The way things have worked out for Ricky Foley, he might hardly recognize this weekend’s appearance in the 100th Grey Cup as part of the same season.
Not long ago, he was feeling devastated. Feeling lost on a football field was not something he was used to. He wasn’t exactly at war with Argo defensive coordinator Chris Jones, but they were not seeing eye to eye for a good chunk of 2012. While things are rosy now, it wasn’t always so as Foley attempted to learn a new way of playing football, in a position he hadn’t seen before.
Now, with the season’s biggest game just ahead, Foley is once again feeling like a productive part of the Argonaut defence. To get here took a lot of hard work on his part and on Jones’ part.
“There was a point where I couldn’t have been more frustrated if I had tried,” Foley said, shortly after his team’s last full practice before Sunday’s game. “I was at my wit’s end.”
When Jones took over as the DC in Argoland, a new assignment was born for Foley. Used to lining up on the edge of the defensive line and flat out going after quarterbacks – something he was quite good at – he was now asked to play a dropping lineman kind of style, heading backwards, not forwards, into the linebacking corps in pass coverage.
|Difference in philosophy|
“We got into it a few times. We’re both competitors. We’re both fiery guys. But we left it at that. We sat down and we had long two, three hour meetings and we hashed things out. I think the team’s better for it and I know I definitely feel better in this system as a player for it.”
– Argos defensive end Ricky Foley about defensive coordinator Chris Jones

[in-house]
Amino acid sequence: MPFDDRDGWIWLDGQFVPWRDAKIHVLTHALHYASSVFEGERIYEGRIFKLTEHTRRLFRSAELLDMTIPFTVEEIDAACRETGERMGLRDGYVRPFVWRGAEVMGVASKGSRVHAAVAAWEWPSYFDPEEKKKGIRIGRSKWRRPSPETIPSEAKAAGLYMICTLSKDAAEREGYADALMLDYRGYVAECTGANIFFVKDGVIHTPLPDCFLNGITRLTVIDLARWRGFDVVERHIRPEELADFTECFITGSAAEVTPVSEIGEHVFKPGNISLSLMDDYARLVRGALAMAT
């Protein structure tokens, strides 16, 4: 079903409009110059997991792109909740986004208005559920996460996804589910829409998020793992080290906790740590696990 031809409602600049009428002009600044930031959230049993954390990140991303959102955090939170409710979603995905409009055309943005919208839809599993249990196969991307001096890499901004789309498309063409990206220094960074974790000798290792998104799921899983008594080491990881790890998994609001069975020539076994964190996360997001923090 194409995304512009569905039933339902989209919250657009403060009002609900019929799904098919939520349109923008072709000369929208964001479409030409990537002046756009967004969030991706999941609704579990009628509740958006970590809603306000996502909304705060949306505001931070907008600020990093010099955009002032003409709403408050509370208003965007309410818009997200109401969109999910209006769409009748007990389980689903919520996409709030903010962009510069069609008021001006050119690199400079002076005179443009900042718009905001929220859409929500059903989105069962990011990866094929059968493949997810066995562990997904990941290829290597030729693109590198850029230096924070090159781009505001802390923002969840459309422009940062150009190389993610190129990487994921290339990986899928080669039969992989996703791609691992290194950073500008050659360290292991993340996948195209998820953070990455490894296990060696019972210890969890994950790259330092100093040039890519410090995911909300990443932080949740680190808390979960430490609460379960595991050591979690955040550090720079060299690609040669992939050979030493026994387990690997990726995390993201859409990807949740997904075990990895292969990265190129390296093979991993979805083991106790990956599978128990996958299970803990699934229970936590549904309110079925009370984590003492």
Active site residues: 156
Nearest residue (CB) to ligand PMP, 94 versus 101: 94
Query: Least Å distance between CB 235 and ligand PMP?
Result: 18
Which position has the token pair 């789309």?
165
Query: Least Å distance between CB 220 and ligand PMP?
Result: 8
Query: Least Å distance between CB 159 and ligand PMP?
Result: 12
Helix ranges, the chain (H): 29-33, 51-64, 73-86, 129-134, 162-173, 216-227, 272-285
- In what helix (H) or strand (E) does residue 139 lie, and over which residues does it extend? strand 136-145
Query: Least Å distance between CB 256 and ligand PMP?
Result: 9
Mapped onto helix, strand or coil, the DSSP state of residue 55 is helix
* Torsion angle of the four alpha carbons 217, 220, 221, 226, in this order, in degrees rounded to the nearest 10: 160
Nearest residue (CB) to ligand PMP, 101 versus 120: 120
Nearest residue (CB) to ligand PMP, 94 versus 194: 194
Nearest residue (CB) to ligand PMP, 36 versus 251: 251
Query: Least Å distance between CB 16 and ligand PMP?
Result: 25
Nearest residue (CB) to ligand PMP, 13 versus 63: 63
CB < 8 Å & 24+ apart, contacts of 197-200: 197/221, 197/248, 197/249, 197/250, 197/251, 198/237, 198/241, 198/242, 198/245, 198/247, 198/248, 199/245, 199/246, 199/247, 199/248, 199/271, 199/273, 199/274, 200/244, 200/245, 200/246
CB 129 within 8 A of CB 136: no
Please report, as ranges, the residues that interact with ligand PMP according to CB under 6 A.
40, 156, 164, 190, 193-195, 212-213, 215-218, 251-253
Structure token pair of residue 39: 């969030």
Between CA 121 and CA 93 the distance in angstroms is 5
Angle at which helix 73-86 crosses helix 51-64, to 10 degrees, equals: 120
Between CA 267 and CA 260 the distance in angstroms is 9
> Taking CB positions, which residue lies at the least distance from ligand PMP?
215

His comfort zone was gone. His confidence waned. He didn’t like it. At all.
“It was pretty frustrating to start the season how I did. It was a lot of stuff that I’d never done before. I expected a whole lot out of myself. It was frustrating. It was annoying.”
He and Jones were at odds. The defensive coordinator needed Foley to adapt. Foley wasn’t sure he could or even needed to.
“We got into it a few times,” he recalled. “We’re both competitors. We’re both fiery guys. But we left it at that. We sat down and we had long two, three hour meetings and we hashed things out. I think the team’s better for it and I know I definitely feel better in this system as a player for it.”
That’s a major improvement over the way Foley viewed things early in the season. After a poor performance in a game in Montreal, he was feeling – as he said – at his wit’s end. Watching film of the game, Foley could hardly believe what he was seeing.
“I just remember watching film after the game and how timid I was, and how unsure I was about what I was doing. And that’s not coaching, that’s just me not being comfortable with it. I was just…that was rough. It was like… I don’t play like that.”
“It’s one of the most embarrassing feelings as a player. When you look timid, if you’re unsure, if you’re not aggressive….” He stopped mid-sentence.
The root of Foley’s struggles, it seemed, weren’t in his skill set. He didn’t feel as though his physical abilities were eroding. However, after nine years of playing defensive end (both university and pro) he laboured over changing his mind set. The conversion was not easy, not easy at all.